Tag Archives: guy debord

Urban Trekking: Eye Opening or Ugly and Dangerous?

21 Feb

In 2007 I made a 6-mile trek across downtown Calcutta; not the most typical of trekking holidays. I could have been killed many times and in several different ways: by speeding juggernauts, motorbikes or taxis, by various forms of pollution, by mangey and irate dogs, or by falling into a distressingly un-signposted 30-foot trench bristling with masonry spikes.

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Urban trekker in India. Image: Flickr/ artist in doing nothing

Obviously I didn’t get killed or I wouldn’t be writing this now. But far from being traumatised by my experience, the feeling of satisfaction after reaching my destination – Alipore Zoo – was equal to that I have felt after conquering any hill or jungle.

But mention the rather newfangled term ‘urban trekking’ to most people of sane mind and they tend to give you an odd look. Why ambulate around somewhere busy, man-made and ugly when you can explore nature in peace and solitude?

 

So what is it?

There are varying definitions of the term. For the Potomac Area Council in Washington, DC, urban trekking is an educational programme intended to help disaffected young people navigate their way between American cities.

A swift Google shows the term to have been hijacked by various tour operators that are headquartered in cities but offer trekking holidays in the Great Outdoors – which makes the term a bit of a misnomer, if you ask me.

One blogger describes a pleasant mooch around the elegant cities of Florence and Pisa as ‘urban trekking’. While we can agree with him that this form of travel is perhaps the most sustainable there is (another good argument for using your legs), I’m not sure that checking out the posher parts of Italy offers quite the adrenalin-pumping challenges the hardcore hiker requires.

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The flower market in Calcutta. Image: Flickr/ abogada samoana

So instead let me offer this definition of a textbook urban trek: ‘a journey on foot through an urban environment that should involve some element of physical exertion or even risk, and that yields a new and surprising insight into a city.’

Why bother?

Whereas most trekkers are Romantics i.e. they hold up nature as the most life-affirming and spiritually/physically-renewing place to explore, others believe that it is the city that offers the greatest challenges, lessons and rewards to the hiker.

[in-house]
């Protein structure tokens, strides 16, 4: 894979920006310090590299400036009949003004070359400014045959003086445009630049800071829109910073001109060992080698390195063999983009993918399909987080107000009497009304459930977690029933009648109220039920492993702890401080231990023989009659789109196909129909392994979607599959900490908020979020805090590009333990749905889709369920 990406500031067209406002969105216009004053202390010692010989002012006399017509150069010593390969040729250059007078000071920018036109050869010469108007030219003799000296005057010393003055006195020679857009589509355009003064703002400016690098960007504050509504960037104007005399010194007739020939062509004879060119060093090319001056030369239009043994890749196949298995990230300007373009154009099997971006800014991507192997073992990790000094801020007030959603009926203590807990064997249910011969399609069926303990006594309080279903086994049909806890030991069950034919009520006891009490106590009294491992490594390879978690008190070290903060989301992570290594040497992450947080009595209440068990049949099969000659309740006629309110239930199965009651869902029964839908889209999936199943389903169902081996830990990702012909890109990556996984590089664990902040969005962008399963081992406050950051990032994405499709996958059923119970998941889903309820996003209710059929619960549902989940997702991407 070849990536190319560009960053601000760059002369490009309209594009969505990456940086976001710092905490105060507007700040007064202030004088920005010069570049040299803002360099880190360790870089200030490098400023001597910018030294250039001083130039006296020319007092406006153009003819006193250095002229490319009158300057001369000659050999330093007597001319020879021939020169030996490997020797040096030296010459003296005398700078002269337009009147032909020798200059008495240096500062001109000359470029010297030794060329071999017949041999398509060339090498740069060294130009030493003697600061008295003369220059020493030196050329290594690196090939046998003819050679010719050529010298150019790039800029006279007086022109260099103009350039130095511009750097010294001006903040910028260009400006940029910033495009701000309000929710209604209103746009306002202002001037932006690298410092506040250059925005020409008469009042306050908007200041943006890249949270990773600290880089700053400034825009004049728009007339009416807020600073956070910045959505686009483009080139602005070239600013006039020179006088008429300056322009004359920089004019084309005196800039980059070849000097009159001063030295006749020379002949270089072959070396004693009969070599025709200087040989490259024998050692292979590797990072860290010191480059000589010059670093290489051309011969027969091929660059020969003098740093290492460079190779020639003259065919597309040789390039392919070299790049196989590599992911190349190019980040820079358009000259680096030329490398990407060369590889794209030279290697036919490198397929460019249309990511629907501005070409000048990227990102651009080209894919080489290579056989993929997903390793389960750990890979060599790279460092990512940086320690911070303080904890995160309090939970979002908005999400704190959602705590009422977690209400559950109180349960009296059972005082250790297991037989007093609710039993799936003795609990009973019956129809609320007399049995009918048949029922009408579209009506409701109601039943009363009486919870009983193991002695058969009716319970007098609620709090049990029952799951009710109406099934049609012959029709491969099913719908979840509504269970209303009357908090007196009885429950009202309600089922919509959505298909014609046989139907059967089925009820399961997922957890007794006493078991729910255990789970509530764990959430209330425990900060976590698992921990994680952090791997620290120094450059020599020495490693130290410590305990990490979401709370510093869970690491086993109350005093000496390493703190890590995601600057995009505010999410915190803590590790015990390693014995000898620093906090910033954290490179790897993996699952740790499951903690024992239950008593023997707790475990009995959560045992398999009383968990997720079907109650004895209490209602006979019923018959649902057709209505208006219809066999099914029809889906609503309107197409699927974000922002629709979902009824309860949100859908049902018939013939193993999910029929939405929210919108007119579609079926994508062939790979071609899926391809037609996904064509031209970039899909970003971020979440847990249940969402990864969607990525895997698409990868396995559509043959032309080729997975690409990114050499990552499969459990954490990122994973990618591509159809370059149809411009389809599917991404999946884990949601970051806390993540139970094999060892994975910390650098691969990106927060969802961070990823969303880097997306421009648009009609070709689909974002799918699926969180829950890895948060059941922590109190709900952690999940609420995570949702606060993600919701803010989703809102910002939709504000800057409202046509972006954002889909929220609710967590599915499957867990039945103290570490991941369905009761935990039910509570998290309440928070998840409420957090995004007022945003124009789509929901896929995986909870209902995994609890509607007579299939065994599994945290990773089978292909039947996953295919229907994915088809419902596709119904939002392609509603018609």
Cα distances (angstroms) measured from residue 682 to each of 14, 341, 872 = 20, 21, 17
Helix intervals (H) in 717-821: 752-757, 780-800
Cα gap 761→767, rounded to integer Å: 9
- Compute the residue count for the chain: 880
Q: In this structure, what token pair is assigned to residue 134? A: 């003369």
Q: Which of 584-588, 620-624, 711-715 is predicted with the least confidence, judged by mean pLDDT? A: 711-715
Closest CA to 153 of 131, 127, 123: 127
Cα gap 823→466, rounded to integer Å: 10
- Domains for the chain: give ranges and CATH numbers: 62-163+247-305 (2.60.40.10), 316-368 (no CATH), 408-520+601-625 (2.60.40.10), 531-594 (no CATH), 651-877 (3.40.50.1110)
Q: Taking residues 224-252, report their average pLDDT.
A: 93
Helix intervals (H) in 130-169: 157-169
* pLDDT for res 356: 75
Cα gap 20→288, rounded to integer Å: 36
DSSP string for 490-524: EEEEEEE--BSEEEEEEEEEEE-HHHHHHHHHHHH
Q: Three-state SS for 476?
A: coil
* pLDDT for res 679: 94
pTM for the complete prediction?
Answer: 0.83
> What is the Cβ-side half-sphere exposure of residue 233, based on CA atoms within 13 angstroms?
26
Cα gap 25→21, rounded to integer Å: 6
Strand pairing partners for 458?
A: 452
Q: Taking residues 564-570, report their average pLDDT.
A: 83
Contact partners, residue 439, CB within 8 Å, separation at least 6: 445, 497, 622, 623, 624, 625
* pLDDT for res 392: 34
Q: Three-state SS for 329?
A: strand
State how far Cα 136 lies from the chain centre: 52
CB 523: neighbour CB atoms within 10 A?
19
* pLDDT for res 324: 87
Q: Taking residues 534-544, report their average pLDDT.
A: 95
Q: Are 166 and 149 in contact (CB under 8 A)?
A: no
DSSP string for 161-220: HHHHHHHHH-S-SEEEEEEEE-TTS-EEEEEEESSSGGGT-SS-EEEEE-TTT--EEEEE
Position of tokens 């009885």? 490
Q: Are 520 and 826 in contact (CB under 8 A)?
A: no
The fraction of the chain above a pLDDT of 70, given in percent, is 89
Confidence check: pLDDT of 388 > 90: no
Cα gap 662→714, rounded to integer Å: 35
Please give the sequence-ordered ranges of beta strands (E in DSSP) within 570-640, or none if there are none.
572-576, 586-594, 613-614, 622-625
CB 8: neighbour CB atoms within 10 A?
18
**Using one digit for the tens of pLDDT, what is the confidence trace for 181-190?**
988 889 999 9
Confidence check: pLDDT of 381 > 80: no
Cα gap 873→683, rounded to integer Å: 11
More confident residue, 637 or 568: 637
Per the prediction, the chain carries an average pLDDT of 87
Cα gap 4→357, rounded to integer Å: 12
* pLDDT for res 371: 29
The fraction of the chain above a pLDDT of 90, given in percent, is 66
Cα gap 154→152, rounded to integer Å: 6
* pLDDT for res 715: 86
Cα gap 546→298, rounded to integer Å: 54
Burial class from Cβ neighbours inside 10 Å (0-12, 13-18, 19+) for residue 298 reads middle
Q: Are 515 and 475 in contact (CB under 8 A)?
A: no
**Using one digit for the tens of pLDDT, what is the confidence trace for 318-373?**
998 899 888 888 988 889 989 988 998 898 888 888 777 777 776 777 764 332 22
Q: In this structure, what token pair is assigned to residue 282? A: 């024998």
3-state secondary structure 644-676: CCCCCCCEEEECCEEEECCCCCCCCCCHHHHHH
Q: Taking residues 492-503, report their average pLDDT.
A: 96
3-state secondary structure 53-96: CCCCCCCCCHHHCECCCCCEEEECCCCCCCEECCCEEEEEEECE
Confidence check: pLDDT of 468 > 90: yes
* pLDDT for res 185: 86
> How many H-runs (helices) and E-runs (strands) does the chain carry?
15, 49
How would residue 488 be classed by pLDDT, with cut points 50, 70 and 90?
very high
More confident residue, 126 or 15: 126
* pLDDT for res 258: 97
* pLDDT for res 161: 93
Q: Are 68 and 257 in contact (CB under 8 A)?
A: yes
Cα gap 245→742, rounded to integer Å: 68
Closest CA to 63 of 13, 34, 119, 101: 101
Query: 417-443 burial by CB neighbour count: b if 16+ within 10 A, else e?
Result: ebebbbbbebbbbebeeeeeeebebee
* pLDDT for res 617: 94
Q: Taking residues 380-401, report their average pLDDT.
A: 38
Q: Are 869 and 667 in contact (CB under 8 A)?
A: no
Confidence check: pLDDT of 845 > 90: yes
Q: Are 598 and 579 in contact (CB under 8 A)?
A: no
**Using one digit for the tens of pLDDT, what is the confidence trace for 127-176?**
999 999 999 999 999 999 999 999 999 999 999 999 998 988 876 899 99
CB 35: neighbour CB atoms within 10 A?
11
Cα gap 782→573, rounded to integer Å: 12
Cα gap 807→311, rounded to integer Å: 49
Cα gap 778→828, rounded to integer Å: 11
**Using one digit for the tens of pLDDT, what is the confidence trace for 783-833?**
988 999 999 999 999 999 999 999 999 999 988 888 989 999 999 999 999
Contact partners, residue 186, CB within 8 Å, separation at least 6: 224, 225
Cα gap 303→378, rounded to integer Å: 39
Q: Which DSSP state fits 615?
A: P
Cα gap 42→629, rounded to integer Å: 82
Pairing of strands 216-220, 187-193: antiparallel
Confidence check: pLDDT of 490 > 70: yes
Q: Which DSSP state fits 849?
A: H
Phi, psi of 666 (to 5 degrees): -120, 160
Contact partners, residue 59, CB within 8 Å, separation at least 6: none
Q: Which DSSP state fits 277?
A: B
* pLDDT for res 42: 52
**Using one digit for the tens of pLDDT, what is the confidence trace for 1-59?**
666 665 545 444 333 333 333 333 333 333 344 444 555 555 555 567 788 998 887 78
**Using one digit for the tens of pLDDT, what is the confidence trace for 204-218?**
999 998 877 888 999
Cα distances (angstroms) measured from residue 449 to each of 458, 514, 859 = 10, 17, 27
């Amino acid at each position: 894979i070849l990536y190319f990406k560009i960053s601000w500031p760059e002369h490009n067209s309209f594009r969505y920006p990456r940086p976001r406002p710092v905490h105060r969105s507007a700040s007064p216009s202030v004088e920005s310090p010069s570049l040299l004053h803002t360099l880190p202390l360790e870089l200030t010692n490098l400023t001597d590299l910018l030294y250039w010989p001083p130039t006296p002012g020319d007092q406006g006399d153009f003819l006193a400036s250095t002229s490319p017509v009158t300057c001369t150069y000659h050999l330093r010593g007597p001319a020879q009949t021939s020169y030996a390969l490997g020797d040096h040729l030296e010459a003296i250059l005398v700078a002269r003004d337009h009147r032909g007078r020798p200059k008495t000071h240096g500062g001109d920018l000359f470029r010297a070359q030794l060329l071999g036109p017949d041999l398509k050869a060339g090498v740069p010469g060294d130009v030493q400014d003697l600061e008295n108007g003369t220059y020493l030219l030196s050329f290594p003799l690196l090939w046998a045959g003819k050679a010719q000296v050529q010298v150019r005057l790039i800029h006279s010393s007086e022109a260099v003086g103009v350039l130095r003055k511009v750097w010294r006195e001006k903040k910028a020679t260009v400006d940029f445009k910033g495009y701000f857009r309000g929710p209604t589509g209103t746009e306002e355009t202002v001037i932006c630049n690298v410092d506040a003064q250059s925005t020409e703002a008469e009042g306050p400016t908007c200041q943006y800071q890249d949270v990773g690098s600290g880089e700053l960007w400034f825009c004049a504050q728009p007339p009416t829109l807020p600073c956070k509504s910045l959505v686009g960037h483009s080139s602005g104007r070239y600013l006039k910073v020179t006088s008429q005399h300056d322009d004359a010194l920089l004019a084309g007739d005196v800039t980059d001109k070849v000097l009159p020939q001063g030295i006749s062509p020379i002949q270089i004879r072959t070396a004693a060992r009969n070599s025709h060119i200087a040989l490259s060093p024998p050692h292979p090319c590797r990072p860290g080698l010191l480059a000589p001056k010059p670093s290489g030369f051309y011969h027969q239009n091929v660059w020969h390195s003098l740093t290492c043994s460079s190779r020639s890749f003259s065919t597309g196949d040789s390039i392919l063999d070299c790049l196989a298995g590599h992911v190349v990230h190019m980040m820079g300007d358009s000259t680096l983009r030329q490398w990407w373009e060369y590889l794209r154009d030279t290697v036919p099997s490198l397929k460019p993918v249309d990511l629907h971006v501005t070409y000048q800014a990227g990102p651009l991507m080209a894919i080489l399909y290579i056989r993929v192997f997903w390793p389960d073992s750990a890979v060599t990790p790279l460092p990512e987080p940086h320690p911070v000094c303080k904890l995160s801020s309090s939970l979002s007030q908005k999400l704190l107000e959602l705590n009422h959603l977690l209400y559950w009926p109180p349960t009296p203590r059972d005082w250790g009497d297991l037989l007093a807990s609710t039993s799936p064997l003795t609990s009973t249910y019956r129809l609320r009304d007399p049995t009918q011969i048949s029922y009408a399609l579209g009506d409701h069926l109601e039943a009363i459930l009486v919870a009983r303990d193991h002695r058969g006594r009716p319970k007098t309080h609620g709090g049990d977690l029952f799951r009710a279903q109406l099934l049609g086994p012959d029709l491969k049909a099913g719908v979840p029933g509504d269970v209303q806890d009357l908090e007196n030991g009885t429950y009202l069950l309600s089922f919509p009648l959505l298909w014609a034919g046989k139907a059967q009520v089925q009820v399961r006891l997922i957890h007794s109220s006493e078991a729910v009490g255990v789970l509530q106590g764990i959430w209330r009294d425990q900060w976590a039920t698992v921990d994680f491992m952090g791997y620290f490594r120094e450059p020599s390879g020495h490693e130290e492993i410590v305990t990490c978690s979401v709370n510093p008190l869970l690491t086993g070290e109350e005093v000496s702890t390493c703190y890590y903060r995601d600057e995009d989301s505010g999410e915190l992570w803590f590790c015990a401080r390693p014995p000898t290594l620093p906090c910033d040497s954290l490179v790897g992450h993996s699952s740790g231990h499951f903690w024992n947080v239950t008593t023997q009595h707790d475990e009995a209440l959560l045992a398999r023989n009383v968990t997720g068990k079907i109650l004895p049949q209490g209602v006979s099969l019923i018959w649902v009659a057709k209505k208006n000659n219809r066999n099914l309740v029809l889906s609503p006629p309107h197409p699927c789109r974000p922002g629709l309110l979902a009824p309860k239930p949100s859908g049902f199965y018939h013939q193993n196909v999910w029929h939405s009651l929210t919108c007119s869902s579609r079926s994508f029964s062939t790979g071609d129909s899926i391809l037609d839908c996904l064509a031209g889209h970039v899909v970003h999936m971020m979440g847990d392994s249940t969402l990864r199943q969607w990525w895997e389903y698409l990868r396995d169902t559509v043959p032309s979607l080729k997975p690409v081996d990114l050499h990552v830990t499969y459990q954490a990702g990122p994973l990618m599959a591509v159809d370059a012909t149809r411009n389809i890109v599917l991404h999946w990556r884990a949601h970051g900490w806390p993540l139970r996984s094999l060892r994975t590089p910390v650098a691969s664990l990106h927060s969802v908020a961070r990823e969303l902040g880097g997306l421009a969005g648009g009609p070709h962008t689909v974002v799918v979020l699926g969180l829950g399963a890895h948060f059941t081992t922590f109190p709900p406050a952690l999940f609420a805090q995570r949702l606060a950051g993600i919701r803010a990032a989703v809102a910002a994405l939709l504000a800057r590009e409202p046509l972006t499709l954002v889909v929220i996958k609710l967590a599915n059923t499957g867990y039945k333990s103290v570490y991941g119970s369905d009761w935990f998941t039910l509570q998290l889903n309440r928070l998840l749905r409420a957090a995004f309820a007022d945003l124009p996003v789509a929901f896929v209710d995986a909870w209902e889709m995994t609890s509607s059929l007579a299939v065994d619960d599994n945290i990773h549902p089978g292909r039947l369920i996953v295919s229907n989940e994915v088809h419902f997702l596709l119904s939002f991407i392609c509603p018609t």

According to Mike Davis, author of Planet of Slums, for the first time in history there are now more people around the world living in cities than in the countryside. Like it or not, the city is now the place to be, the place to explore. It is where the most interesting things happen, it has the most interesting things to see. It is where the agendas are set and where the future is decided.

Trek against the machine

There is a political dimension to urban trekking too. The French philosopher and ‘psychogeographer’ Guy Debord saw drunkenly ‘drifting’ around the streets of Paris in the 1960s as a way of frustrating the oppressive and controlling boundaries of the modern city.

Author and ambler Will Self updates the creed like this: ‘The contemporary flâneur is by nature and inclination a democratising force who seeks equality of access, freedom of movement and the dissolution of corporate and state control.’

Which sounds like the urban trekker’s version of ‘the rambler’s right to roam.’

But what about the weirdos?

It is true that pests and nutters are occupational hazards for the urban trekker. I recall an initially delightful mosey through Muscat amid the palm trees, the lively souqs and the rosewater scent of ladies’ perfume – which climaxed (almost certainly the least appropriate word) with a sexual advance from an Indian migrant worker.

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You may see a fight while walking along the streets of India. Image: Flickr/ Proxy Indian

But disaster was averted: as soon as he squeezed my thigh I bade him farewell and exercised my flaneur’s freedom of movement as quickly as I possibly could!

I appreciate that not every urban trekker gets off (again, not the choicest phrase) as lightly as I did in Muscat. There is of course a risk – especially to women, according to the stats – of walking in certain streets at certain times in almost any city in the world.

While assaults on female tourists abroad often make the national headlines, the two most recent incidents occurred as a result of break-ins at hotels in Tobago and Goa. This is not to say that urban trekking is less risky than staying in a hotel, just that everyone should take sensible precautions in any travel context.